Trauma and infection rates, meanwhile, were surprisingly high and there was a clear link between them. Trauma was found in at least 10.3% (7/68) and included several individuals who must be well cared. For example, for burial 24, the lower leg was severely broken, the fibula is very twisted and the tibia was also affected and yet the associated foot and leg bones show no evidence of the arthritis which would have be expected in having to use the leg for walking. The person clearly had assistance in getting around.  The most common bones for trauma were the ribs (4 individuals) and three individuals had evidence of trauma in the form of lesions suggestive of soft trauma (non-breaks of bone). The location of traumatic injuries included the ribs, femurs, lower leg and arm bones, and several individuals had multiple trauma. There also appears to close relationship with infection as 4/7 showed evidence on infection and some of the soft tissue lesions may possibly be due to infection instead.

Infection was found in 17.6% (12/68) of the individuals and was most commonly associated with the lower legs – in 8 individuals in the form of periostitis (bone being gradually destroyed and diagnosed by pitting and irregularity of the bone surface and new bone formation) (Roberts and Manchester 2010). Other affected areas were the ribs (3), femurs (1), feet (2), spine (1), arms (1) and in one case also included sternum, clavicles and scapulae. In fact, Burial 11.88 (a 45yrs+ male) may have suffered tuberculosis and had infection on the ribs and a collapse in the spine. Burial 10.88 (a 36-44yrs male) and Burial 6.88 (a 36-44yrs female) also experienced severe infection of likely diagnostically identifiable types and further study is needed to understand the precise types of infection and disease which affected the Friary collection. While these high rates may seem to reflect badly on the status and care of the Friary population in some ways they indicate the reverse. In order for infection to leave evidence on bone it must be long standing, and consequently the afflicted people were so well cared for that either the infections took a considerable time to kill them or the people were able to survive the infections but evidence remained as with the 45+year old with infection.

As expected with a high percentage of older individuals, arthritic conditions were especially common. Osteoarthritis (OA) diagnosed by marginal osteophytes and/or new bone on a synovial joint  surface (lipping), pitting on the joint surface or alteration in the bony contour of the joint (eburnation) was associated with 29.4% (20/68) of individuals. The most commonly afflicted joints were the cervical and thoracic vertebrae (11 individuals each), the shoulders (8 individuals) and lumbar vertebrae (6 individuals).  Degenerative joint disease (DJD), a milder version of OA diagnosed by either lipping or porosity on a joint, was found for 36.8% (25/68) of individuals; not counting those with OA. DJD was most frequently located on the thoracic (16 individuals) and lumbar vertebrae (13 individuals) and the shoulders (5 individuals). Surprisingly, DJD was associated with less variety of joints than OA, and many cases of DJD may not reflect injury or activity but aging, as natural aging causes mild bone lipping on the vertebrae. OA and DJD were certainly associated with old age as 10/13 of 45yrs+ had OA and 6/13 had DJD. With regards to R&C’s study, 27.9% had spinal OA, 20.9% spinal DJD, 16.78% nonspinal OA, and 13.6% had nonspinal DJD.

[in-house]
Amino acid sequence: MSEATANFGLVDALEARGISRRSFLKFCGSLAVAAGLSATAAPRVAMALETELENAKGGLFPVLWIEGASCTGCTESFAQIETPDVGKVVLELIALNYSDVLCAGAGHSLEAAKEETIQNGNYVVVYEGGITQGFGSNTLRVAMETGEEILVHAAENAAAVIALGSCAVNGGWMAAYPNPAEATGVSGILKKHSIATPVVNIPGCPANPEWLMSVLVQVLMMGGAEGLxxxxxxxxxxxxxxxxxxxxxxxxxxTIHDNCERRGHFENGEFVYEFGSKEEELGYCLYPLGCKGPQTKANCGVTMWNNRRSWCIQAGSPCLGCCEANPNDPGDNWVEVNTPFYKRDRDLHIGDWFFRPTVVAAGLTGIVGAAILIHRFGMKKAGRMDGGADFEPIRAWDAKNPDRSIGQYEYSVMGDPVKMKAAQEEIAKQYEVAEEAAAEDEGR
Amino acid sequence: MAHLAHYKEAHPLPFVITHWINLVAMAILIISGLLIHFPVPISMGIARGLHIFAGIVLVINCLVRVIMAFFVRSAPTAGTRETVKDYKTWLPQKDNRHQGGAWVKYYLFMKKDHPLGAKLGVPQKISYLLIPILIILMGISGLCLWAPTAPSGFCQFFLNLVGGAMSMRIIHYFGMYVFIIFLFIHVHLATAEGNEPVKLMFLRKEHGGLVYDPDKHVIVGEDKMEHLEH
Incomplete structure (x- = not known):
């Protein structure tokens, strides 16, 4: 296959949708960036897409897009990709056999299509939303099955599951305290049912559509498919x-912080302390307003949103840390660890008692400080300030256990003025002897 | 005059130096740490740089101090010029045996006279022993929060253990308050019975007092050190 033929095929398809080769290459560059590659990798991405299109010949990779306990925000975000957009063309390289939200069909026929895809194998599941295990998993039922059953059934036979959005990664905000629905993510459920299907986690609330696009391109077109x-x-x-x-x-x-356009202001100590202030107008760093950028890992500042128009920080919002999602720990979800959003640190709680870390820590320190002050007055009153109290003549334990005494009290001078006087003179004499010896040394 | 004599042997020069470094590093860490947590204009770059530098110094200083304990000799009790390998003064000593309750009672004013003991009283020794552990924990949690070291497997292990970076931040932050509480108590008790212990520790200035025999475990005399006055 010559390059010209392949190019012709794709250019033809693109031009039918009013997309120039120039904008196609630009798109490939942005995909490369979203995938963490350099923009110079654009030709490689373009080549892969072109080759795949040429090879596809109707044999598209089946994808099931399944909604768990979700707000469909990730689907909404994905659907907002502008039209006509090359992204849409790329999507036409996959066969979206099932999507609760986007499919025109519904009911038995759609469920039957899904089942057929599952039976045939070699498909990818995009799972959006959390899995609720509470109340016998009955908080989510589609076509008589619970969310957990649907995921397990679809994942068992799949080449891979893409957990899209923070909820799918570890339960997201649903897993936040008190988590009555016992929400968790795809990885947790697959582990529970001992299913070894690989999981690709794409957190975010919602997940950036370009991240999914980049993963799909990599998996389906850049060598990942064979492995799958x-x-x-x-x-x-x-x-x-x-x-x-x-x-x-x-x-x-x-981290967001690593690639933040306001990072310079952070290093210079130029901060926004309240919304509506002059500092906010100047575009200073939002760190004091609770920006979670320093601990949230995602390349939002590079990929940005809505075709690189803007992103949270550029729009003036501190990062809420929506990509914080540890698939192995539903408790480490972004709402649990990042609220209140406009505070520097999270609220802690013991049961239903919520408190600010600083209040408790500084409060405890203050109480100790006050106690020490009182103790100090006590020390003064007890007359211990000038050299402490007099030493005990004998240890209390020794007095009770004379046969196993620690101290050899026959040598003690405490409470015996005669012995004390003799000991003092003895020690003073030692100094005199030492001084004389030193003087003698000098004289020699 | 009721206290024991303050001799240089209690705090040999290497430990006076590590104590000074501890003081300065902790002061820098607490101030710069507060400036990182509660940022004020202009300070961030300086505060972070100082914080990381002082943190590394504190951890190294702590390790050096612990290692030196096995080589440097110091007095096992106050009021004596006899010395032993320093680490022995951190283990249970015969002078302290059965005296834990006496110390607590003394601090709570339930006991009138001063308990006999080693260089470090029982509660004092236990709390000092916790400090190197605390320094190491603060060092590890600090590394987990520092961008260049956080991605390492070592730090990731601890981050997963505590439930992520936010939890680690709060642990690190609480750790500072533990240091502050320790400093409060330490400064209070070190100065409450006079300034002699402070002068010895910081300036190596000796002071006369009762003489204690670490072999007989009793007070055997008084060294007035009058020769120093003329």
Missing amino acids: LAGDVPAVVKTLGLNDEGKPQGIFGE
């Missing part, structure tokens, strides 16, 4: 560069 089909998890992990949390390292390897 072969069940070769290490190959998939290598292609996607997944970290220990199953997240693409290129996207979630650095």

Importantly Dunstable Friary yielded 6 cases of DISH (diffuse idiopathic hyperostosis) (10% of the 60 individuals with vertebrae) and one possible case of gout. Both of these pathologies are associated with obesity. DISH is often recognised by excessive bone lipping on the right side of thoracic vertebrae which joins at least two of them with a candle waxlike appearance and ossification of extra-spinal entheses (where muscles & tendons attach) and ligaments. It has long been associated with being caused by obesity and increased age and is probably a multisystem hormonal disorder and is much more frequently found in males. Gout, caused by deposits of uric acid, meanwhile, is diagnosed by lesions distributed asymmetrically which have a punched out appearance with overhanging edges. Seventy-five percent of cases involve the first metatarsophalangeal joint (big toe) and common sites include feet, ankle, hands, wrist and knees. All of this data correlates well with the historical literature and additional archaeological information on monastic sites. Religious sites have often been suspected of being places where men were often obese either due to corruption and access to fatty food and/or their lifestyle which may have been not physically vigorous. For, example in archaeological samples of monastic sites from the London area, DISH is found in an average of 17.2% of the populations.

Overall, this initial study of the population of the Dunstable Friary appears to show that the cemetery contained a population of not only Dominican friars, but also members of the lay community, many of whom may have been socially well off. People received proper nutrition and healthcare in life to the point that obesity was a problem for some of them. Moreover, although not discussed, few individuals showed evidence of being very muscular and the severe cases of arthritis were typically associated with those who had achieved old age. Finally, the Dunstable Dominican Friary population has much research potential and with available samples of Roman Dunstable (131 individuals- dating the 3rd-5th centuries AD) found almost adjacent to the site, and the Anglo-Saxon site at Marina Drive (49 individuals- dating to 7th century AD) located less than a mile from the Friary, it may enable us to understand health in Dunstable from AD 60 to 1539.